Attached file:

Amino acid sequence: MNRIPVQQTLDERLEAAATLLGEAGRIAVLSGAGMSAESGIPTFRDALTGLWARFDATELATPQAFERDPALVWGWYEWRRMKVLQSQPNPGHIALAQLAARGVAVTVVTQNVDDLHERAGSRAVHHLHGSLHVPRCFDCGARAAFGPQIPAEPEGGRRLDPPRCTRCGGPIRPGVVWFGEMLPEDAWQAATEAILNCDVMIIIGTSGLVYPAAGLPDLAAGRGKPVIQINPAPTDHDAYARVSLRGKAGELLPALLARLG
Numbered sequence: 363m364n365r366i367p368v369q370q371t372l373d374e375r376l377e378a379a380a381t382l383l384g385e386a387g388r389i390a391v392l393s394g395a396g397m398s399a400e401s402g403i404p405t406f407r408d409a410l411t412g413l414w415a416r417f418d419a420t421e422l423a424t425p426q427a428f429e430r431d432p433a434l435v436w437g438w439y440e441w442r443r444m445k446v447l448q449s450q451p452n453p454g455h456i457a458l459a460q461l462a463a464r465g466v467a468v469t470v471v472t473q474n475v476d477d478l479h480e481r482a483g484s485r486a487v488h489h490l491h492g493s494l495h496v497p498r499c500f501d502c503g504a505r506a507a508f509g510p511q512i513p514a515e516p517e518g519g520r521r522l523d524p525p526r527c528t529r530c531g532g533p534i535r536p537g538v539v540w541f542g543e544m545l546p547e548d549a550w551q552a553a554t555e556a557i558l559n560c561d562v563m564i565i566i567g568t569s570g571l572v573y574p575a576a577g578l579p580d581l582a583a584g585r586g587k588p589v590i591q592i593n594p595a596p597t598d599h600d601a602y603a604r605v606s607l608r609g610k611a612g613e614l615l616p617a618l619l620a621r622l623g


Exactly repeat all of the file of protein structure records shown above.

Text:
Amino acid sequence: MNRIPVQQTLDERLEAAATLLGEAGRIAVLSGAGMSAESGIPTFRDALTGLWARFDATELATPQAFERDPALVWGWYEWRRMKVLQSQPNPGHIALAQLAARGVAVTVVTQNVDDLHERAGSRAVHHLHGSLHVPRCFDCGARAAFGPQIPAEPEGGRRLDPPRCTRCGGPIRPGVVWFGEMLPEDAWQAATEAILNCDVMIIIGTSGLVYPAAGLPDLAAGRGKPVIQINPAPTDHDAYARVSLRGKAGELLPALLARLG
Numbered sequence: 363m364n365r366i367p368v369q370q371t372l373d374e375r376l377e378a379a380a381t382l383l384g385e386a387g388r389i390a391v392l393s394g395a396g397m398s399a400e401s402g403i404p405t406f407r408d409a410l411t412g413l414w415a416r417f418d419a420t421e422l423a424t425p426q427a428f429e430r431d432p433a434l435v436w437g438w439y440e441w442r443r444m445k446v447l448q449s450q451p452n453p454g455h456i457a458l459a460q461l462a463a464r465g466v467a468v469t470v471v472t473q474n475v476d477d478l479h480e481r482a483g484s485r486a487v488h489h490l491h492g493s494l495h496v497p498r499c500f501d502c503g504a505r506a507a508f509g510p511q512i513p514a515e516p517e518g519g520r521r522l523d524p525p526r527c528t529r530c531g532g533p534i535r536p537g538v539v540w541f542g543e544m545l546p547e548d549a550w551q552a553a554t555e556a557i558l559n560c561d562v563m564i565i566i567g568t569s570g571l572v573y574p575a576a577g578l579p580d581l582a583a584g585r586g587k588p589v590i591q592i593n594p595a596p597t598d599h600d601a602y603a604r605v606s607l608r609g610k611a612g613e614l615l616p617a618l619l620a621r622l623g